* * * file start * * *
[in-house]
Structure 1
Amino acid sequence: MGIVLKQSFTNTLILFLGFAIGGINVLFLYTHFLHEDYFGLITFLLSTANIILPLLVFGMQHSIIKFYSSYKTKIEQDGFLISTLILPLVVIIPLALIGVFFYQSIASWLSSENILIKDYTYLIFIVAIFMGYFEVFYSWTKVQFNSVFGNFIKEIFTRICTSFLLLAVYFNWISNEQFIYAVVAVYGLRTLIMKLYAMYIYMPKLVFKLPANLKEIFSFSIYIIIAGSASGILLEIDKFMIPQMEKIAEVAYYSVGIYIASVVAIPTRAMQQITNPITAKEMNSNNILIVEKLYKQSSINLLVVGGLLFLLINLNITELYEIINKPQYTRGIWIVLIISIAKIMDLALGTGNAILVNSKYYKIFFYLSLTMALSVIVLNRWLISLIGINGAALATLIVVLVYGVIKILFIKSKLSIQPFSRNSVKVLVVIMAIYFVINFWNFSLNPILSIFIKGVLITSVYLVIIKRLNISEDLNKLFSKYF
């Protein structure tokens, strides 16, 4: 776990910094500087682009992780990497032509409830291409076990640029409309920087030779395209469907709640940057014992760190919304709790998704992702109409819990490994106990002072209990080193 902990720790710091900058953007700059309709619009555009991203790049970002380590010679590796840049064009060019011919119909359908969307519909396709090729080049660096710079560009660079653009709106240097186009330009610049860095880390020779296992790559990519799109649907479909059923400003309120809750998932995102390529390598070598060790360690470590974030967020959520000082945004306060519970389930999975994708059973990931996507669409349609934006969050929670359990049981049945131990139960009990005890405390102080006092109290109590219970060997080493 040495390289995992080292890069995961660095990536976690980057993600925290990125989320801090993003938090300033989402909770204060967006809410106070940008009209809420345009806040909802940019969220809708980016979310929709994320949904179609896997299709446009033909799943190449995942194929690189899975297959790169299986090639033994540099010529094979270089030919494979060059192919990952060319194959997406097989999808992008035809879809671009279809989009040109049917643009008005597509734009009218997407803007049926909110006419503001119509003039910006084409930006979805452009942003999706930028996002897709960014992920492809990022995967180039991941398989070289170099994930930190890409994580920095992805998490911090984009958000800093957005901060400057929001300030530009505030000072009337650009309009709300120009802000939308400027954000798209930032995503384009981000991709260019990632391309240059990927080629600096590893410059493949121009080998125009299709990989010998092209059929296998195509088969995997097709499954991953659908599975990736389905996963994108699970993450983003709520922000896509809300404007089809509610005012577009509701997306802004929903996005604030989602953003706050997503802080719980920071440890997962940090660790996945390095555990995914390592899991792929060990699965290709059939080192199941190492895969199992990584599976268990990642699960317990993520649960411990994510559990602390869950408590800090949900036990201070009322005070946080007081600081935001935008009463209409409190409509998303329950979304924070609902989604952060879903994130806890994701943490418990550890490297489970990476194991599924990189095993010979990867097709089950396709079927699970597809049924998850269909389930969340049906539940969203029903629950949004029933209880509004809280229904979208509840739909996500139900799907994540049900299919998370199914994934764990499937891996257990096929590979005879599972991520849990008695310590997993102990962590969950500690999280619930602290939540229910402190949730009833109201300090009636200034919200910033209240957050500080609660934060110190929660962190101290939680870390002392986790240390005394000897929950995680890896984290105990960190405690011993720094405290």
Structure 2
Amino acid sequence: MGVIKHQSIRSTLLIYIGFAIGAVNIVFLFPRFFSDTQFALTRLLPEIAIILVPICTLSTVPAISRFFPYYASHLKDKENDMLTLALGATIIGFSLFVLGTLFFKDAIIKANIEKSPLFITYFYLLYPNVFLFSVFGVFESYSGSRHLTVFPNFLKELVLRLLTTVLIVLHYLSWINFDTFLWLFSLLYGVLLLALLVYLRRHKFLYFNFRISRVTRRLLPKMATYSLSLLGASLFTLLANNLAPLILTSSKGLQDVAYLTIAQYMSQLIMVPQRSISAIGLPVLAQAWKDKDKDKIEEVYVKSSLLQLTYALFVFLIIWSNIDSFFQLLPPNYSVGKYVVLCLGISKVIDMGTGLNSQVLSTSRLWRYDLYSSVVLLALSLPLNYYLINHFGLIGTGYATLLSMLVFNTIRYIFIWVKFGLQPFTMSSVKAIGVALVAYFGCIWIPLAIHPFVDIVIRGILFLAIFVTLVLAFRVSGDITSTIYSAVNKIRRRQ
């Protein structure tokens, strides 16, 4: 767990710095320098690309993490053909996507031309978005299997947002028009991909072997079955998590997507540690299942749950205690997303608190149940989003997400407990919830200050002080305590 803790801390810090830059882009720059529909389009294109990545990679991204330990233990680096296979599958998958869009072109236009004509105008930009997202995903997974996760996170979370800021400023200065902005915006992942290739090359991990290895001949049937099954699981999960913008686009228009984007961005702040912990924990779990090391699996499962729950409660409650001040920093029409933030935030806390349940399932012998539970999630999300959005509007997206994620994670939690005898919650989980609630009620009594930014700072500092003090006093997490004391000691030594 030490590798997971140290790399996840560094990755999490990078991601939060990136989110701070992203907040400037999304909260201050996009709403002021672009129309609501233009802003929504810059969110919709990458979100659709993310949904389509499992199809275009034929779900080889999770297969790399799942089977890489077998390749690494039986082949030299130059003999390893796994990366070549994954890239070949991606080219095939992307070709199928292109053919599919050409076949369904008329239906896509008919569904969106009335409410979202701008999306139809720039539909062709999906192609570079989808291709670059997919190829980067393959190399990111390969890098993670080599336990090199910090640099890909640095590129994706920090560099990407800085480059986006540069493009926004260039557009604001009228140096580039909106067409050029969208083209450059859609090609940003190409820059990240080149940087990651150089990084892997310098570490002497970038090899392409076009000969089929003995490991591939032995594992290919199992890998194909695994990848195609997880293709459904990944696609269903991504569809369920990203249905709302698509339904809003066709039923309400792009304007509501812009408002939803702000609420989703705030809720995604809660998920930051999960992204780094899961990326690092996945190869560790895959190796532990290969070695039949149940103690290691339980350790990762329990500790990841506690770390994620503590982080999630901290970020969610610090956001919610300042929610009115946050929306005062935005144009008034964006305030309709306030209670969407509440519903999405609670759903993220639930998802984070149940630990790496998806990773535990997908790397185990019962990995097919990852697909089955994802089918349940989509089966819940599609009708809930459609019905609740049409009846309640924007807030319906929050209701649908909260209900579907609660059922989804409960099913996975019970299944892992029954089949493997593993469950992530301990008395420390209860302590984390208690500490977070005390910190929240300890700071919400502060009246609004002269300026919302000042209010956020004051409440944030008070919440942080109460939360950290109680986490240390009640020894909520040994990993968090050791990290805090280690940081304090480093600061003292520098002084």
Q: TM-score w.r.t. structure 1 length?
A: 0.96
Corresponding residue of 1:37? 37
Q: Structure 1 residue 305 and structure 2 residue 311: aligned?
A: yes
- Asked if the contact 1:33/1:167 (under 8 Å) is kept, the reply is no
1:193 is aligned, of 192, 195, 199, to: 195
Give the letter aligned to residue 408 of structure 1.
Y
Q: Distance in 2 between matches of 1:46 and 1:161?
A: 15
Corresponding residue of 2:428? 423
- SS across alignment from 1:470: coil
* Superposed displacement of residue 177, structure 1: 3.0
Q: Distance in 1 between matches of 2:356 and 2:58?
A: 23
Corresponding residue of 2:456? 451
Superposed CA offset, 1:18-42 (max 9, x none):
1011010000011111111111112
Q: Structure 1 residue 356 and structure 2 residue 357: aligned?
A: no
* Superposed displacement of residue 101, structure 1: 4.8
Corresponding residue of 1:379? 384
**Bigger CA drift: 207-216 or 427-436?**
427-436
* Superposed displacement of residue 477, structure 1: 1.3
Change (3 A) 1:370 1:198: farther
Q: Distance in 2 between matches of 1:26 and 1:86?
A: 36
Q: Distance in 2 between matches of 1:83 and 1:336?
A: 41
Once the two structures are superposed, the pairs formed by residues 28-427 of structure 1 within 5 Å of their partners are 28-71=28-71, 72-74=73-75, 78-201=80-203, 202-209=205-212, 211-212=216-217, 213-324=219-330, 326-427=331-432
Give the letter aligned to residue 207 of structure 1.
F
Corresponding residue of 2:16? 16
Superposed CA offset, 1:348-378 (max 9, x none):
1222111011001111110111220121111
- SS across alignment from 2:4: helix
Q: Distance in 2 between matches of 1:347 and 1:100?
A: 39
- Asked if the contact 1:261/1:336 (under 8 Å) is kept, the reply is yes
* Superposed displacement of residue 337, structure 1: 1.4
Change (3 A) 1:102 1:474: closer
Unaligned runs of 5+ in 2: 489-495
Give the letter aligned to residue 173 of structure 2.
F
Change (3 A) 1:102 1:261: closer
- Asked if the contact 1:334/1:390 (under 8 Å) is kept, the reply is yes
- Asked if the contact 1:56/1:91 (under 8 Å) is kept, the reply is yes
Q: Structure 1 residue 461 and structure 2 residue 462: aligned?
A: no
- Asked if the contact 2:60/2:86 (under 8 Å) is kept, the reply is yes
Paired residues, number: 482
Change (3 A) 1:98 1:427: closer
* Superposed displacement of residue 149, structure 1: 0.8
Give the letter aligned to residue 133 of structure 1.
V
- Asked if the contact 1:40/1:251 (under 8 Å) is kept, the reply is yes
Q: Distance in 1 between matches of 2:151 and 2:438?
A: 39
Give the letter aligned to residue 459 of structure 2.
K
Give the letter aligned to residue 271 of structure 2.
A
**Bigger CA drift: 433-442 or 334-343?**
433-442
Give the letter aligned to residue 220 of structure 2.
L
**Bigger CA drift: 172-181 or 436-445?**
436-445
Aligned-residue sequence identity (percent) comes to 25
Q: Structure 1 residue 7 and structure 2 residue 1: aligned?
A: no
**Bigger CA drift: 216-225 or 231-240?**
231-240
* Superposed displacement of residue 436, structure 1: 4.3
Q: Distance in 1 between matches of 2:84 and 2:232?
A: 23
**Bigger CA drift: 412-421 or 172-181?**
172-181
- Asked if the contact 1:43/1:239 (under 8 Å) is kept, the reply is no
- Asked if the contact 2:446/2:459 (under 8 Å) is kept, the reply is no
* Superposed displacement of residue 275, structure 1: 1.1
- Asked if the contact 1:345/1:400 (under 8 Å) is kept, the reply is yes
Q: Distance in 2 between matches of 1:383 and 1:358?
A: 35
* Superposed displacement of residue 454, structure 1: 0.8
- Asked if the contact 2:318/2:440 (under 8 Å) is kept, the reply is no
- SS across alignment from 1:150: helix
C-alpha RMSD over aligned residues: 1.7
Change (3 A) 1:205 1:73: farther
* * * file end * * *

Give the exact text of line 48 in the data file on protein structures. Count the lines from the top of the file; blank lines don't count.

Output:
- Asked if the contact 1:261/1:336 (under 8 Å) is kept, the reply is yes